Modulation of transcription factor expression induces adult human pancreatic exocrine-endocrine transdifferentiation and protects rat beta-cells against cytokine-induced apoptosis

Onderzoeksoutput: PhD Thesis

Samenvatting

Given its recent clinical success, interest in treating insulin-dependent diabetes by transplantation of human insulin-producing beta-cells has been renewed. However, the severe limitation of the available amount of donor islet tissue only allows treatment of a very small fraction of patients. Because mature differentiated beta-cells cannot be expanded significantly in vitro, the need for innovative methods to establish an abundant supply of transplantable, insulin-producing tissue represents a highly relevant international research topic. A potential solution is to generate novel insulin-producing cells via differentiation of embryonic or adult stem cells or via transdifferentiation of mature cells. Although so far no conclusive evidence regarding the location of pancreatic cells with endocrine (trans)differentiation potential has been obtained, nor of the underlying mechanisms controlling their (trans)differentiation, indications for an endocrine (trans)differentiation potential in pancreatic duct cells urged us to examine their potential as a source for new beta-cells. Given the general idea that cell-specific transcription factors regulating the mature, differentiated phenotype of a particular cell are often also required for its embryonic development, we performed a direct comparison of the transcription factor expression profile of isolated adult human endocrine cells versus duct cells. The absence of an endocrine-specific transcription factor from the duct cell population would suggest its importance as an essential molecular endocrine developmental switch and, therefore, its usefulness as a target for experimental manipulation. In view of the fact that; (i) Foxa2, Pdx1/Ipf1 and Hnf6 are present in islet and duct cells, (ii) neurogenin-3 (ngn3) functions transiently immediately downstream from these factors during embryonic development of the mouse endocrine pancreas, and (iii) ngn3 is expressed at very low levels in duct and islet cells, we focused on the basic Helix-Loop-Helix (bHLH)-factor ngn3. We hypothesized that its low expression level in duct cells might constitute a physiological block to initiate an endocrine developmental program. Therefore, we designed ngn3 gain-of-function experiments, based on an adenoviral transduction system. Our work demonstrates the capacity for induction of an endocrine transdifferentiation program in isolated adult human duct cells. Adenoviral-mediated expression of ngn3 in adult duct cells recapitulates the embryonic pancreatic endocrine developmental program, culminating in the induction of insulin expression in a significant fraction of transduced duct cells. During this process, a hierarchical induction of the transcription factors Pax4, NeuroD1, Nkx6.1 and Pax6 - all known to be acting downstream from ngn3 during embryonic islet formation - is observed. Furthermore, a duct-to-beta-cell phenotypic switch is evident by the induction of endocrine and beta-cell specific markers (i.e. synaptophysin, chromogranin A, prohormone convertase 1/3, glucokinase and insulin). However, from a theoretical therapeutic standpoint, both the extent and yield of the endocrine transdifferentation process towards fully mature, glucose-sensitive insulin-producing cells needs to be greatly improved. To our knowledge, this is the first study demonstrating endocrine transdifferentiation of adult human duct cells induced by a single gene transfer. Furthermore, we show unambiguously that ngn3 is the switch for induction of a transcription factor-dependent program, involved in endocrine pancreas differentiation. Causative sequential activation of the factors downstream from ngn3 had never been dem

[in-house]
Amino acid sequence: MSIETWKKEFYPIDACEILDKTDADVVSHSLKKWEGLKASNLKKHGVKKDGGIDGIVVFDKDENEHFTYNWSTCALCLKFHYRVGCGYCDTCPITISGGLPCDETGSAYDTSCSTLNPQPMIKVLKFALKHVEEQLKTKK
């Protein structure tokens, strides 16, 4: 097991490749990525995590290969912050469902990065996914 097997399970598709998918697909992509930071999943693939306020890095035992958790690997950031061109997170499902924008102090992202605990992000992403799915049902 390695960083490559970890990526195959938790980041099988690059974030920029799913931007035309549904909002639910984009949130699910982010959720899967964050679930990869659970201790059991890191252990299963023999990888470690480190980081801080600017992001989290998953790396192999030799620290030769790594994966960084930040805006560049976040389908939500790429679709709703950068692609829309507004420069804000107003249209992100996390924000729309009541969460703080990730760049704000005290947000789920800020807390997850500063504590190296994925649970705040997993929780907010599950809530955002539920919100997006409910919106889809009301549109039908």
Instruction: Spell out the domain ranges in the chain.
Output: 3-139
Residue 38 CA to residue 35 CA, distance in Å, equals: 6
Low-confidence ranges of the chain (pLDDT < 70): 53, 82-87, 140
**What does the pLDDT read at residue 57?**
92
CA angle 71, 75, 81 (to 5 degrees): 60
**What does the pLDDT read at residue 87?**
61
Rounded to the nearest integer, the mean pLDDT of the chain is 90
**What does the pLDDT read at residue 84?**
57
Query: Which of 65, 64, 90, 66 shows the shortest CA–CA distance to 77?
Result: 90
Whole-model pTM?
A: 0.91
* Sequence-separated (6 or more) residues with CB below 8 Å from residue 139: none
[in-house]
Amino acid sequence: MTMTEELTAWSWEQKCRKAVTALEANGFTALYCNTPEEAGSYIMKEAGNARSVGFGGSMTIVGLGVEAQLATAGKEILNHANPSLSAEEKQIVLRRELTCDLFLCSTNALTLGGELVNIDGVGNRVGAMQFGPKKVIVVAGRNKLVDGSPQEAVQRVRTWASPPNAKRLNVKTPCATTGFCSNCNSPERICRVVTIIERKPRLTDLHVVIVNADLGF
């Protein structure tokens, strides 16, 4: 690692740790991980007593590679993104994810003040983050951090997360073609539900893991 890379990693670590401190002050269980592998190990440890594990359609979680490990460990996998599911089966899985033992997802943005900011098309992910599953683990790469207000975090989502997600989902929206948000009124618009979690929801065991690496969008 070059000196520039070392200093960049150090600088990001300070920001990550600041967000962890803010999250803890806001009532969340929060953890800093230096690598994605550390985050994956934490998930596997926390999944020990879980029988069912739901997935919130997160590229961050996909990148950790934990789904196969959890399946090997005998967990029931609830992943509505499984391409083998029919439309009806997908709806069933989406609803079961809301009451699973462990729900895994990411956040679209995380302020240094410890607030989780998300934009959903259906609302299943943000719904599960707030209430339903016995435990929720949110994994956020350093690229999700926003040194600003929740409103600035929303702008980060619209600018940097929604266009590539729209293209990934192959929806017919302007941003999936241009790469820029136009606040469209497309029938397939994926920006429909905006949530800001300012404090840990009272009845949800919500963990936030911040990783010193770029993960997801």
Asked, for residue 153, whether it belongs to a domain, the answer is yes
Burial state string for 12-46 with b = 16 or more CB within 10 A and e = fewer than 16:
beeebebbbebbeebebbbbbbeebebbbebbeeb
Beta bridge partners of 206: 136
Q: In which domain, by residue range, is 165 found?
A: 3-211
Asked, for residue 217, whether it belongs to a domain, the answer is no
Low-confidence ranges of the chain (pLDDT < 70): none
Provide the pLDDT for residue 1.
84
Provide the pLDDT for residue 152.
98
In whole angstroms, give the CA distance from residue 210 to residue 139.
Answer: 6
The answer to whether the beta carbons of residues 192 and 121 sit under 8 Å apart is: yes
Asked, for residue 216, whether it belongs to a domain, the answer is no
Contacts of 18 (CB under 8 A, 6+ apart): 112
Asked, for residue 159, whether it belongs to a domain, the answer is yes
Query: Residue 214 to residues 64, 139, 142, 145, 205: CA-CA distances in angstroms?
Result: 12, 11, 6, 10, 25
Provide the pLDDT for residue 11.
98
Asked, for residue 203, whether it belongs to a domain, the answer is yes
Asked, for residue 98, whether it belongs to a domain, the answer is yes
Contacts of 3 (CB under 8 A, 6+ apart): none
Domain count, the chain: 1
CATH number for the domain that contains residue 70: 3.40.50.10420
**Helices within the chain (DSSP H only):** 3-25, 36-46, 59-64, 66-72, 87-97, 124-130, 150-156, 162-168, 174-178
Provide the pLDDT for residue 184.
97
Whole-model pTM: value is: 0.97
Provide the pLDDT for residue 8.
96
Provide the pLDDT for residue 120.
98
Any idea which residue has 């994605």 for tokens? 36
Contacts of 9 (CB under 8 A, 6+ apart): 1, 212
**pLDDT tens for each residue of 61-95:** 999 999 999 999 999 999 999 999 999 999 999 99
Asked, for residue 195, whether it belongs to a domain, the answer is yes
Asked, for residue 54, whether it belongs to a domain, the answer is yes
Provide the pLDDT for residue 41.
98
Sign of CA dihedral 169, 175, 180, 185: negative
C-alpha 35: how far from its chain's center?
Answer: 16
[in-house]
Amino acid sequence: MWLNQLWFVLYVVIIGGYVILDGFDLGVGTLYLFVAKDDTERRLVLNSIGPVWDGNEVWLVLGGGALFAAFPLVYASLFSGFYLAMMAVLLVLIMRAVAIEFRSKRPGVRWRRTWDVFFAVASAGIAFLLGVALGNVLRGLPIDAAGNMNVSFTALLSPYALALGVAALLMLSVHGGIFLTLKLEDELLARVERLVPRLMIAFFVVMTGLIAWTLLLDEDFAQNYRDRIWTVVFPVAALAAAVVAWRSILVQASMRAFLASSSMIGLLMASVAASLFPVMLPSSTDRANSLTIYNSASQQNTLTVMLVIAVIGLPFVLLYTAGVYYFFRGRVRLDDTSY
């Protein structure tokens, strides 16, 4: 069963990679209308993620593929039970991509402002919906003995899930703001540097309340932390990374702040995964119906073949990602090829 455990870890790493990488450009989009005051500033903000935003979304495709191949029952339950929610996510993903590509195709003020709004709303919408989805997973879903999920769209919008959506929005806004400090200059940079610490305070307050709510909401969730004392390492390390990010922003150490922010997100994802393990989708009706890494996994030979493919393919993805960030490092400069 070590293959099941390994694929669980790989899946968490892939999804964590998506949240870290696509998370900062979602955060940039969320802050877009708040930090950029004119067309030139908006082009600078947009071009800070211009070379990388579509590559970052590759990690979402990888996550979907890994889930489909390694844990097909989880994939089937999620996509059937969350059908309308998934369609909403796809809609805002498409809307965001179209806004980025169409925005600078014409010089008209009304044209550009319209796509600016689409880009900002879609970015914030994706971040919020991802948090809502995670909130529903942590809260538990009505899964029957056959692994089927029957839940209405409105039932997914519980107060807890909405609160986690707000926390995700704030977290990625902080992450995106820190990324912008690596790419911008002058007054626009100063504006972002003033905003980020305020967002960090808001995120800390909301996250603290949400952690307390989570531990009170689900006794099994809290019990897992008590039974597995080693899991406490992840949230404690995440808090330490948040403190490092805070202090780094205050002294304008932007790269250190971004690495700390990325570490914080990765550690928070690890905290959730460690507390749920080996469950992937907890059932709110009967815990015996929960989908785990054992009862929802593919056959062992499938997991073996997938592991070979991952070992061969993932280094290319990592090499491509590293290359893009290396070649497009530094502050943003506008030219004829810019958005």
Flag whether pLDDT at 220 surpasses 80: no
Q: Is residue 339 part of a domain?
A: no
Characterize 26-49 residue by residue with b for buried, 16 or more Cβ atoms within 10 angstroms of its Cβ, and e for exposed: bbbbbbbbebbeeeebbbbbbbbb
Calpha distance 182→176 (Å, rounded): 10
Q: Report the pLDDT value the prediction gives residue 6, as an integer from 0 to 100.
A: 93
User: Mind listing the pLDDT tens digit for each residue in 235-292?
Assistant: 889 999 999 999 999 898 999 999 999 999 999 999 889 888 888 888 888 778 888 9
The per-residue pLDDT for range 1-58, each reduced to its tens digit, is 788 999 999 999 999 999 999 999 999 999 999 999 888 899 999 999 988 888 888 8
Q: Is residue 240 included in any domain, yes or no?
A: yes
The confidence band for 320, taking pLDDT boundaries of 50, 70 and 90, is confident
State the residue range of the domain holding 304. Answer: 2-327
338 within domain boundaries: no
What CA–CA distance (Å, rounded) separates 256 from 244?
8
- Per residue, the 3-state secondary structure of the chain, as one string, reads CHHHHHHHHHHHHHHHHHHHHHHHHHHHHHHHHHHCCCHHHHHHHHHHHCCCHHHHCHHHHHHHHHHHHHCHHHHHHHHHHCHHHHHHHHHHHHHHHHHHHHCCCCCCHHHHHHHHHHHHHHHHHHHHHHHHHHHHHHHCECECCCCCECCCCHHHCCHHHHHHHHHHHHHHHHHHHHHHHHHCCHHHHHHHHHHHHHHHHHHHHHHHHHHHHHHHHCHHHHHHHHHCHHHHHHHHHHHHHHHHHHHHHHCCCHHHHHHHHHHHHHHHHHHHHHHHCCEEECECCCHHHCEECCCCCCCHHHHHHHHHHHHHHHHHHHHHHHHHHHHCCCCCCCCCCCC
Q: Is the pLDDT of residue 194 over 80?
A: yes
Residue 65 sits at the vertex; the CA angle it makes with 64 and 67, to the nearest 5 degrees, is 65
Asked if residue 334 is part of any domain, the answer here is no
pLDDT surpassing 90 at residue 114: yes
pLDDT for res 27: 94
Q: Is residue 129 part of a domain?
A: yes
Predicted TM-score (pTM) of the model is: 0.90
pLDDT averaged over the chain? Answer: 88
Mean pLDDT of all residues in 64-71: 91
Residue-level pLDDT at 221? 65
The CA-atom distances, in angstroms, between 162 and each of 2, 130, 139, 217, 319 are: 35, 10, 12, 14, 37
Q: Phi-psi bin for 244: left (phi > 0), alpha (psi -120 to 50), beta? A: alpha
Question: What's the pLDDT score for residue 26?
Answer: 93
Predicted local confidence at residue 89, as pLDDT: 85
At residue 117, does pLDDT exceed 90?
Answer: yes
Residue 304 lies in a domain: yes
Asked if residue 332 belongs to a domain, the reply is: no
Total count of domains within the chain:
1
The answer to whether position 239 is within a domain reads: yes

Originele taal-2English
Toekennende instantie
  • Vrije Universiteit Brussel
Begeleider(s)/adviseur
  • Bouwens, Luc, Co-Promotor
  • Heimberg, Henry, Promotor
Plaats van publicatieBrussels
StatusPublished - 2003

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